Kuehn is thankful for the sac-
rifices her parents made for the
advancement of her career.
"My parents did not have vaca-
tions for years," Kuehn said.
"Their vacations were supporting
me at my tournaments."
Kuehn picked up tennis as an 8
year old at a tennis club. After first

grasping a racket, Kuehn grew to
love the sport, developing a pas-
sion that allowed her to eventually
star on various club teams and at
tournaments in Germany. Her per-
formance in the German Nationals
caught the attention of the Tulane
head coach David Schumacher,
who offered Kuehn an opportuni-
ty to bring her talent to the United
"I really wanted the opportu-
nity to succeed in both tennis and
academics," Kuehn said. "In Ger-
many you have to choose between
one or the other."
Her academic and athletic
careers at Tulane were astound-
ing; she compiled an impressive
record of 77-26 in singles and 87-21
in doubles play and filled her tro-
phy case with numerous awards,
including the 2005 Conference
USA Scholar-Athlete of the Year
Yet the destruction of Tulane
caused by Hurricane Katrina
clouded Kuehn's future.
"Our courts were completely
flooded," Kuehn said. "It took a
while to get back to normal and
without a team, things couldn't
get back to normal."
But instead of dwelling on
what was lost, Kuehn looked to
take her considerable talents else-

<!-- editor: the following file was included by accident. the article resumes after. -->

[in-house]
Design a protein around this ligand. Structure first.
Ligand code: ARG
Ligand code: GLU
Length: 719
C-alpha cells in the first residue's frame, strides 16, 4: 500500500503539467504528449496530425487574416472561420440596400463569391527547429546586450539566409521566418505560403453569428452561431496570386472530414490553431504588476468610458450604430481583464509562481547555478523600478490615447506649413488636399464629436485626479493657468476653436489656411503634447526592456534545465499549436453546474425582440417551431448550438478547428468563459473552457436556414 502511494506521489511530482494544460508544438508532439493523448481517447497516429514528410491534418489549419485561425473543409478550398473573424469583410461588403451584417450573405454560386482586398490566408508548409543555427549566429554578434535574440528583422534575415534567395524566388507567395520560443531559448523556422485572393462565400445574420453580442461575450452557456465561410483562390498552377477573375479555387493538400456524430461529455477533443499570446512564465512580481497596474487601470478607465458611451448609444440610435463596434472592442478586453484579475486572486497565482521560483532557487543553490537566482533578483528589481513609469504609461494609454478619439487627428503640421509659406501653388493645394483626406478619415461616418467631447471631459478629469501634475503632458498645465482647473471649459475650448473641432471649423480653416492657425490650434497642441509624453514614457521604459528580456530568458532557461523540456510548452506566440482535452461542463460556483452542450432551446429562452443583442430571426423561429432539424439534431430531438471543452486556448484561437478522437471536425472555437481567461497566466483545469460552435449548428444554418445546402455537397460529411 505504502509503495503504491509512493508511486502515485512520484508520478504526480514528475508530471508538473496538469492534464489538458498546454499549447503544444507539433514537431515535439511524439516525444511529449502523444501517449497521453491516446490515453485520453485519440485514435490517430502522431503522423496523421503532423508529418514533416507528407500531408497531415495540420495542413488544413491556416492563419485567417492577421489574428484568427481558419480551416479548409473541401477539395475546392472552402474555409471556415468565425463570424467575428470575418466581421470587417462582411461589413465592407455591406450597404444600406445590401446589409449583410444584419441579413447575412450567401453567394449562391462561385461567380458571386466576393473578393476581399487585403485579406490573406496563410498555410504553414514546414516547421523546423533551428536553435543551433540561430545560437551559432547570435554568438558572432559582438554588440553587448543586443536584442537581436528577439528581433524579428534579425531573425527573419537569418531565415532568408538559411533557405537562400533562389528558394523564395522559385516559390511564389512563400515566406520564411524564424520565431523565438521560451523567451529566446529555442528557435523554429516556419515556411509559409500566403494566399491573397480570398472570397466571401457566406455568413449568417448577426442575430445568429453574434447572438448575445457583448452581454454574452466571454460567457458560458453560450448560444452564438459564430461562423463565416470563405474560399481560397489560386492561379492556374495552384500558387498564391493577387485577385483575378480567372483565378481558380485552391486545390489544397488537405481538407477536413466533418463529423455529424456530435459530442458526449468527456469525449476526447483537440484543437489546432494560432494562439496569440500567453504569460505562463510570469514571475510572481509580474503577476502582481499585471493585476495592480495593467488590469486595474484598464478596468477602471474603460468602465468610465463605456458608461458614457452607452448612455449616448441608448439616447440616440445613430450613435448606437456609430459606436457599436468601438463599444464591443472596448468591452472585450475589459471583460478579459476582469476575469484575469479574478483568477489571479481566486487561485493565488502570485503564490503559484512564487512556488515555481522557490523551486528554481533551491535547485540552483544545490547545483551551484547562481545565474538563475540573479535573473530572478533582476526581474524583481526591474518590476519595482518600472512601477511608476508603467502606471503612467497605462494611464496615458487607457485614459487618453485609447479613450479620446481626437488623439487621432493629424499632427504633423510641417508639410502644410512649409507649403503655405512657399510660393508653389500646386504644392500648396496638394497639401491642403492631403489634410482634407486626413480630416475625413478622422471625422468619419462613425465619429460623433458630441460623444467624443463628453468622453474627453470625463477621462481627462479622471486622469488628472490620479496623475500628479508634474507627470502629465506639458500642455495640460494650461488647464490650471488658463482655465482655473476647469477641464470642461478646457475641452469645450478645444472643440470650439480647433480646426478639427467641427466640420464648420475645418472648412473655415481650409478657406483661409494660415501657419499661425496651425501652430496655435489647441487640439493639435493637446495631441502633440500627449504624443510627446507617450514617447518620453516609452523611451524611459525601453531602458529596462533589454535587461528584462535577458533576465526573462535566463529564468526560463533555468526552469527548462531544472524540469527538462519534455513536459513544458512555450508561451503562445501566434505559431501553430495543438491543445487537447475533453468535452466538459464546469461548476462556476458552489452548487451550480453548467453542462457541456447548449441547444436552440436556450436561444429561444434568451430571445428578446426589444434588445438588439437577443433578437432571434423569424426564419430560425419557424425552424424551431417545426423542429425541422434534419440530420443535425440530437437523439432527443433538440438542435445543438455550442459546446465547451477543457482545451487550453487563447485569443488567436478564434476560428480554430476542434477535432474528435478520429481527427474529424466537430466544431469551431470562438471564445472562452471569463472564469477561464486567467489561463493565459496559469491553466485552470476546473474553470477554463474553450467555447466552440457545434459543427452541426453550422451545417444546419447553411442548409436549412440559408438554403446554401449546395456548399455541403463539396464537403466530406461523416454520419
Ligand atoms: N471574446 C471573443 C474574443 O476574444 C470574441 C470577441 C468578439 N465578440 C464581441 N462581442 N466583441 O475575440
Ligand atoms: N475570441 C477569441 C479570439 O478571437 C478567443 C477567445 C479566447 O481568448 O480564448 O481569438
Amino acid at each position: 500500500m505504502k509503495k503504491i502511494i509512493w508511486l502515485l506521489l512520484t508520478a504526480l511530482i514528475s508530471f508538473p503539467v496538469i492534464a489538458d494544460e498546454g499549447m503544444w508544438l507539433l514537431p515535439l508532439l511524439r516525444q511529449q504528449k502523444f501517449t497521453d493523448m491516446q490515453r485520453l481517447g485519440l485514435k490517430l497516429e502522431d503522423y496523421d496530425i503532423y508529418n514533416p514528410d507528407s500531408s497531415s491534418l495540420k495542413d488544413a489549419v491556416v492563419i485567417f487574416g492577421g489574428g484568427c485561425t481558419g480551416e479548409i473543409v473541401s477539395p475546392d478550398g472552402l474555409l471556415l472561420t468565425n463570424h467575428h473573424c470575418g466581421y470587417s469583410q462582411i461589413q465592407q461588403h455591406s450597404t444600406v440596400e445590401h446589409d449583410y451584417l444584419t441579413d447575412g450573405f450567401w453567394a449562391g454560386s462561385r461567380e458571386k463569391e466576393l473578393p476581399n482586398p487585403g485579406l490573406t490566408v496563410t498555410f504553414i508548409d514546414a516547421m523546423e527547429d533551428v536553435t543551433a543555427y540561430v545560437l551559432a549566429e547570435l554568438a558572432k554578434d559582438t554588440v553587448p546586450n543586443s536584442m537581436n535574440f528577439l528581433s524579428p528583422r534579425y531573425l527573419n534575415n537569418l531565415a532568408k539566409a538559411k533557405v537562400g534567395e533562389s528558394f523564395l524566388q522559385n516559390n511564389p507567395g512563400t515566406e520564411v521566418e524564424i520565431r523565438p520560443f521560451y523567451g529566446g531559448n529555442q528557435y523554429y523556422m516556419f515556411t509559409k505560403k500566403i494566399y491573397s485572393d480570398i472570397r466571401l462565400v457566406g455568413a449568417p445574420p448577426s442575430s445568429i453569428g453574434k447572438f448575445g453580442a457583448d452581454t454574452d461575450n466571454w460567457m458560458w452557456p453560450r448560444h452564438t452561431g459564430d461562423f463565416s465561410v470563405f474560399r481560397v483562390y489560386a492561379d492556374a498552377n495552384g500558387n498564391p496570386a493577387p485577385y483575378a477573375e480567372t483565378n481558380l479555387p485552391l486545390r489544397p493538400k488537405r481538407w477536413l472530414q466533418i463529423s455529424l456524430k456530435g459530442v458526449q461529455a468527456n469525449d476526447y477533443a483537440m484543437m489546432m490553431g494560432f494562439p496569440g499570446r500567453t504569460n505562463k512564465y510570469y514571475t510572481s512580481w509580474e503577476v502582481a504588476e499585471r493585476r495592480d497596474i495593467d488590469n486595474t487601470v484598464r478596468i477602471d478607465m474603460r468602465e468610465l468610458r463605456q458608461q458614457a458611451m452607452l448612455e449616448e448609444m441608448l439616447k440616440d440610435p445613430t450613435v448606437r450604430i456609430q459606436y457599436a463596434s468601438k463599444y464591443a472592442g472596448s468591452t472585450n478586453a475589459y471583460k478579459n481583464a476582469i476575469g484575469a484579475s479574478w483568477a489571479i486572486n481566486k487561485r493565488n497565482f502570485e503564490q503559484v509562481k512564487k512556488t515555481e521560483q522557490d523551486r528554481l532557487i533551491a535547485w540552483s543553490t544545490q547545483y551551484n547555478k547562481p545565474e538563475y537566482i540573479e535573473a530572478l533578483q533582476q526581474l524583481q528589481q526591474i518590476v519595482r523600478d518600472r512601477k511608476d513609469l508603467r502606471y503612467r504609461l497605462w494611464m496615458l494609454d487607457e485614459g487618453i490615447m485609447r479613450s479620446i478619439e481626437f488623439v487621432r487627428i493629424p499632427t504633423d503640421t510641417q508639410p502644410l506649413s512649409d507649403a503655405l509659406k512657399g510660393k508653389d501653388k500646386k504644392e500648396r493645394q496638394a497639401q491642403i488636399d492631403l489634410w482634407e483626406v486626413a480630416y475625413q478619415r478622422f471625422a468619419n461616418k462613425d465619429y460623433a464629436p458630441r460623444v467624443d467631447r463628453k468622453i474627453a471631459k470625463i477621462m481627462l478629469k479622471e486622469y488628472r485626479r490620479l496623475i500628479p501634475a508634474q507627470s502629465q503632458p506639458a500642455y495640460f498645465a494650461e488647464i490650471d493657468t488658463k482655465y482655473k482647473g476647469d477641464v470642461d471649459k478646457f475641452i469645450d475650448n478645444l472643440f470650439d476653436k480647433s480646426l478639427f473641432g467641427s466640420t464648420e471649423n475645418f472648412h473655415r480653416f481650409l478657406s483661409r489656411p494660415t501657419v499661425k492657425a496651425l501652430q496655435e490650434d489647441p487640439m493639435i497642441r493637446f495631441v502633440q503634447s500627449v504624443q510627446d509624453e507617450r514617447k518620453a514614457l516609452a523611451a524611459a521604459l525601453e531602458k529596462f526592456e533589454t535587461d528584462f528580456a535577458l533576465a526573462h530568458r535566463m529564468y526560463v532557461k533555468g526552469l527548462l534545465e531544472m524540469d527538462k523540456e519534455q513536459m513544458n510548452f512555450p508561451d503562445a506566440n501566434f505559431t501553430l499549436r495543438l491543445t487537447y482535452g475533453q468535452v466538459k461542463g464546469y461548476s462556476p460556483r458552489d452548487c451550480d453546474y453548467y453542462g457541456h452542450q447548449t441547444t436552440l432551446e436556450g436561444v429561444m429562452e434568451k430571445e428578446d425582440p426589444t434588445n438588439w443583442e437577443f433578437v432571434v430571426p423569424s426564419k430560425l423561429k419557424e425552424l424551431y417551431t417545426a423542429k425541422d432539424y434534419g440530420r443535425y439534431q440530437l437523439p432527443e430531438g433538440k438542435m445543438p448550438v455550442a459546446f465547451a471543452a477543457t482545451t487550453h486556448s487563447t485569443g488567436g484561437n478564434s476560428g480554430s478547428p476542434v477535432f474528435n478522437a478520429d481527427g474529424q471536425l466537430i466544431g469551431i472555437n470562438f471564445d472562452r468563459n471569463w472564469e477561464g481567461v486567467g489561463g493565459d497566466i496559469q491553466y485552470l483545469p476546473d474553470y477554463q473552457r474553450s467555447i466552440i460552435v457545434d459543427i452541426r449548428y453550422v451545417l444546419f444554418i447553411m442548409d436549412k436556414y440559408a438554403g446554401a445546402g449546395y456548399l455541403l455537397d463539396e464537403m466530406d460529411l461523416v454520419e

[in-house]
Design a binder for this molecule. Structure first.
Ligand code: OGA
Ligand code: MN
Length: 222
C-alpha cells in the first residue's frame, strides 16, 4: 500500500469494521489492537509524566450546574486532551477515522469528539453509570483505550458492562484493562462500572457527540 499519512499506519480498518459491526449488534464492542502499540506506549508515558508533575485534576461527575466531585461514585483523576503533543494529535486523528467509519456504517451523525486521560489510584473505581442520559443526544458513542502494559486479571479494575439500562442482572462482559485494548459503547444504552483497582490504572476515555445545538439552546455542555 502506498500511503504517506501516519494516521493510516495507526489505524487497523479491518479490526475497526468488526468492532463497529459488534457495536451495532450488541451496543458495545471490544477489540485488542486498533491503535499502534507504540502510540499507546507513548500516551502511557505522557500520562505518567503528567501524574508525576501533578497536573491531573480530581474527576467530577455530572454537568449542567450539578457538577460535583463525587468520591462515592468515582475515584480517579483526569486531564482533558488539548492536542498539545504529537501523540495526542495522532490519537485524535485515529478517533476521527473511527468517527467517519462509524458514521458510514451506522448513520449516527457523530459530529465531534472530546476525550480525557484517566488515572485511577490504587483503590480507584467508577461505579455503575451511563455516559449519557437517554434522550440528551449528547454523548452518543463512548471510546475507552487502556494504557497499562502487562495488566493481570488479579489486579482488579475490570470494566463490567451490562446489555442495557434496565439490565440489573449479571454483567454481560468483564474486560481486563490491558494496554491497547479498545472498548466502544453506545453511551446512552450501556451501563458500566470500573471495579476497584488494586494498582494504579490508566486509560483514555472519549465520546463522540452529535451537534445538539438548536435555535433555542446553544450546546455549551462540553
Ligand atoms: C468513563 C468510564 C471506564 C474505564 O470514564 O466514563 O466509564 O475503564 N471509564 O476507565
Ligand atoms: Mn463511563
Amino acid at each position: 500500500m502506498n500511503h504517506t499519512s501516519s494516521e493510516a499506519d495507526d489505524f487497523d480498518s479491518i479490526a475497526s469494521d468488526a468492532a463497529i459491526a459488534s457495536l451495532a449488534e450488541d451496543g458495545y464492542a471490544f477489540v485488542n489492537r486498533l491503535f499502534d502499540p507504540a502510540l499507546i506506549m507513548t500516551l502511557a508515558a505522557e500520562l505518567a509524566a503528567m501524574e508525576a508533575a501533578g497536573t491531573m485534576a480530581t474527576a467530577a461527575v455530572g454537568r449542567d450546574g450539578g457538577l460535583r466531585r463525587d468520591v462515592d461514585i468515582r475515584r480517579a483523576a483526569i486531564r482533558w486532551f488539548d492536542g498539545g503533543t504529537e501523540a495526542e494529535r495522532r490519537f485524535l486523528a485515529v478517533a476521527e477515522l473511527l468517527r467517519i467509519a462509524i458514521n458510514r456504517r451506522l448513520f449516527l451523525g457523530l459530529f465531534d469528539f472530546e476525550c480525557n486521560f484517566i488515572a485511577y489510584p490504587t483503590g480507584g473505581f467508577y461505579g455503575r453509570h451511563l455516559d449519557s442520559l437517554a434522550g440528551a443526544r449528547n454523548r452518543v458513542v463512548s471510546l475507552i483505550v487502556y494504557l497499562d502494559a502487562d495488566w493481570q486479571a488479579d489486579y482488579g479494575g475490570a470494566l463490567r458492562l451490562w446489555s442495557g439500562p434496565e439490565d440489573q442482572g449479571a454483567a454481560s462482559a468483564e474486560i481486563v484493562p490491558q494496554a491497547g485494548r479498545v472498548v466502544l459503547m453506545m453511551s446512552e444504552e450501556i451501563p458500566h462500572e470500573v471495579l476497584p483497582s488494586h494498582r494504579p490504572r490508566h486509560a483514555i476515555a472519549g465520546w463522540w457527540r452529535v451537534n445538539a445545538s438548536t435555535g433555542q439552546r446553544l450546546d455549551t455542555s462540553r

where. After finishing her degree
at Tulane, she wanted to enroll in
a top accounting program, leading
her to Michigan's top-ranked Ross
School of Business. Her love of

Ann Arbor made her commitment
to Michigan an easy choice.
"When I came to my recruiting
trip, I fell in love with Ann Arbor, I
fell in love with the winter, and the
team was great," Kuehn said.
She has made an immediate
impact upon arriving at No. 25
Michigan, recently shown by a
victory over the No. 12 player in
the country, Tennessee's Blake-
ley Griffifth. She also secured the
Wolverines' winning point in their
upset victory over No. 17 Vander-
bilt on Jan. 27.
"We all know that Jenny is
really good," sophomore Chisako
Sugiyama said after the match.
"We knew that she was going to
pull it out and she played really
well and will really help us out this

Kuehn uses her uncanny quick-
ness and agility to fluster oppo-
nents. She has the ability to win
points that most would give up on,
a testament to her resiliency. Kue-
hn's experience and adaptability
make her a challenging opponent.
"(Jenny) is a very talented
player and is able to make adjust-
ments in her game based on what
her opponent is doing," Michigan
coach Amanda Augustus said.
Despite her immediate impact
upon the women's tennis team,
Kuehn is dissatisfied by her per-
"I wish I could have had a cou-
ple more wins," Kuehn said. "I just
hope it gets better throughout the
remainder of the season."